We are currently doing our Sprint Challenge for Security and Theory of Computation in our coding school and part of our task is to discuss what the Threat Model is and talk about what concrete actions we can take to improve our online security.
For the first part, I wrote a fictional email to a co-worker.
What a Threat Model Is
Thank you so much for the warm welcome!
In your email yesterday, you asked me if I’m familiar with the concept of a Threat Model in the context of security. Yes, I am. If you will recall, we covered this topic in one of our lessons in Code School last year. Below is a brief explanation, as well as an example.
As far as I understand it, a Threat Model is basically a conceptual tool used for understanding and improving network security. A Threat Model has several aspects: attack surface (what technologies or systems they use that are potential “points-of-entry” for attacks), adversaries (persons who may be interested in attacking their security), attack vectors (means of attack or compromise), and mitigation (possible solutions or preventive measures to lesson the risk of attacks). These aspects or factors help us assess the strengths, weaknesses, and threats of any given situation, and provide us with possible solutions or measures to prevent breach in security.
To illustrate, here’s a hypothetical scenario:
Suppose we have a student named Mike who is studying web development and software engineering in Code School. He is an absolute newbie when it comes to technology and programming and he’s not very careful when it comes to security. He often shares his laptop with his room mates and leaves his phone lying about in his dorm. He seldom logs out of his Gmail, Slack, Zoom, and GitHub accounts. He also is a bit naive when it comes to passwords: he only has one for all his accounts and applications. He decided on Mike123 since it’s very easy to remember.
One day, he received the shock of his life: Code School kicked him out of the program. Among the many complaints laid against him were these: He allegedly sent malicious DMs to several of his classmates in Slack; he corrupted several repos in GitHub; he sent malwares to the school’s CEO; and he shared Zoom links that were actually pranks. He insisted that he did not do any of these.
The Threat Model of the story looks like this:
Attack surface — Mike shares a room with several people. One or more of them may have a motive to harm him or his reputation. For instance, one of them may be a student of a rival coding school. His uses the usual technological tools for a coding student — laptop, Slack, Zoom, etc., and he doesn’t log out of them, which makes it super easy for hackers to hack them.
Adversaries — As mentioned, a friend or acquaintance may be a student from a rival coding bootcamp, or maybe somebody simply has a beef with him, etc.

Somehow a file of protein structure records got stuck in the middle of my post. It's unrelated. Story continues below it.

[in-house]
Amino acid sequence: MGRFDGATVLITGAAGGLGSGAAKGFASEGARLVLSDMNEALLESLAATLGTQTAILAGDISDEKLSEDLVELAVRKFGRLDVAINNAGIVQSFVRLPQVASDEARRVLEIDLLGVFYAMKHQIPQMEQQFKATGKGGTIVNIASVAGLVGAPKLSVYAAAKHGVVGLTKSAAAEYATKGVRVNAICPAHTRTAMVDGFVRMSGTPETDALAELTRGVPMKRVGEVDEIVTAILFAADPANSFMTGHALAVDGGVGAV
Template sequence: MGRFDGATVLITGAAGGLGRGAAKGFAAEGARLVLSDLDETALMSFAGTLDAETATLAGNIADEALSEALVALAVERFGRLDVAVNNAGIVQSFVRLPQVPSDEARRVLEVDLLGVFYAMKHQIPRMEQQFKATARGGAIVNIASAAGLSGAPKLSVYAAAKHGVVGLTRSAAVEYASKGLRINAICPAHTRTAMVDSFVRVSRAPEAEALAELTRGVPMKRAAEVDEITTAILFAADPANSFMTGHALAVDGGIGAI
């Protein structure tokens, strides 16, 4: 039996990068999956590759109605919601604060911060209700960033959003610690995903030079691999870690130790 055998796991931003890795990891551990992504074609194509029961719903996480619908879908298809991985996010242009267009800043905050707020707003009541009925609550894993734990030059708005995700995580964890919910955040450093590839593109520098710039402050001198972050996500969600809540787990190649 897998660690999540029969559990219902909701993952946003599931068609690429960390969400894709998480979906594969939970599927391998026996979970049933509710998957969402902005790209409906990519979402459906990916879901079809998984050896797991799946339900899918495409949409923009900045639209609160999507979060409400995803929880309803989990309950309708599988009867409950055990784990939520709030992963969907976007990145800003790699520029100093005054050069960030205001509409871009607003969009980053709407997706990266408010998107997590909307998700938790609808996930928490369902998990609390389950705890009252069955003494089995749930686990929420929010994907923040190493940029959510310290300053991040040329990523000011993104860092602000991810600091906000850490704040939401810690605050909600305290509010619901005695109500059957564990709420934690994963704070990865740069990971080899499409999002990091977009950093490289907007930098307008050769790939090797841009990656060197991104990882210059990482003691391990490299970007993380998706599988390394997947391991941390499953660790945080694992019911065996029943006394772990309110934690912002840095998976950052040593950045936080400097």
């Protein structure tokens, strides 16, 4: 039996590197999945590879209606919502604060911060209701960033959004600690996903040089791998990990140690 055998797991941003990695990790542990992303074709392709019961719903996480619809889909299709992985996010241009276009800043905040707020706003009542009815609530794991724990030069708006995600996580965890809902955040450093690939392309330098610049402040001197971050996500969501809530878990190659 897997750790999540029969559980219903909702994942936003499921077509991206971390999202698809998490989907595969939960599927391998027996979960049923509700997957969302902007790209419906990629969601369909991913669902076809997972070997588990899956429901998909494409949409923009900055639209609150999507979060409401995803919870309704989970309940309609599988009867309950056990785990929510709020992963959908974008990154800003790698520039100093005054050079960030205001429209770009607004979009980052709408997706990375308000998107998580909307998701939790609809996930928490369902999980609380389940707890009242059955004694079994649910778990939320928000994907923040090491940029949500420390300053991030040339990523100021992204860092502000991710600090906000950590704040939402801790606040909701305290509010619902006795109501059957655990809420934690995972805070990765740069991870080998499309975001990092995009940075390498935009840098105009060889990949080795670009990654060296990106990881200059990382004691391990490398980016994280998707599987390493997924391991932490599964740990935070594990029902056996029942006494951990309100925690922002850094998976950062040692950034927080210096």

Attack vectors — Mike was very easy to compromise. His applications were usually open, and those that were not had very unsecure passwords.
Mitigation — The means for securing Mike’s security are obvious: Always sign out of all your apps and accounts, create a unique password for every account and use a password manager, utilize two-factor authentications, use encryptions, use SSH for GitHub, etc.
If Mike did the above measures, he wouldn’t have been falsely accused of those actions, and he would still have been a Code School student.
Just my two cents. I look forward to working with the team!
How I Improved My Security Online
For the second part of our task, we were to take concrete steps to improve our online security, so these are a few of the things I did:
- I decided to sign up to a password manager. I chose Dashlane since it’s free, but I’m also considering LastPass.
- I made use of a Secure Socket Shell (SSH ) to connect to my GitHub by generating a SSH key and adding it to my SSH agent. I downloaded GitHub Desktop.
- I used a “passphrase” as opposed to a mere “password” or “passcode”. My passphrase is exactly that — a very long phrase or sentence that is not likely to be hacked by anyone who doesn’t possess mind-reading powers.
It only took me less than an hour to implement the above measures and what a difference it makes! They sound trivial but they just increased my security tenfold.
You can do it, too. Here are some resources you can make use of right now (I borrowed them from our Sprint Challenge material, with permission from my Project Manager):
- KeePass — open-source password manager
- Alternatives to KeePass — cloud, desktop, etc., consider your personal security/convenience tradeoff
- Two Factor Auth — list of services that support 2 factor authentication
- Connecting to GitHub with SSH — more convenient (for command line) and secure than passwords
- Adding GPG to your GitHub account — simple GPG setup that will let you sign commits
- Creating the perfect GPG keypair — more complicated, for those who want finer control
- Keybase — a way to share/certify public keys (also offers encrypted chat, file storage, etc.)
- Yubico — affordable hardware security devices for two-factor/crypto
- How to install Ubuntu in VirtualBox — usable secure popular distribution of Linux
- Kali Linux — security-specific (penetration testing) distribution of Linux, includes VM images for download
- Information about Sandboxes — general starting point for learning about sandboxes to contain an application
Improving our security online is very easy and necessary. We don’t have any reason not to do it, and every reason why we should.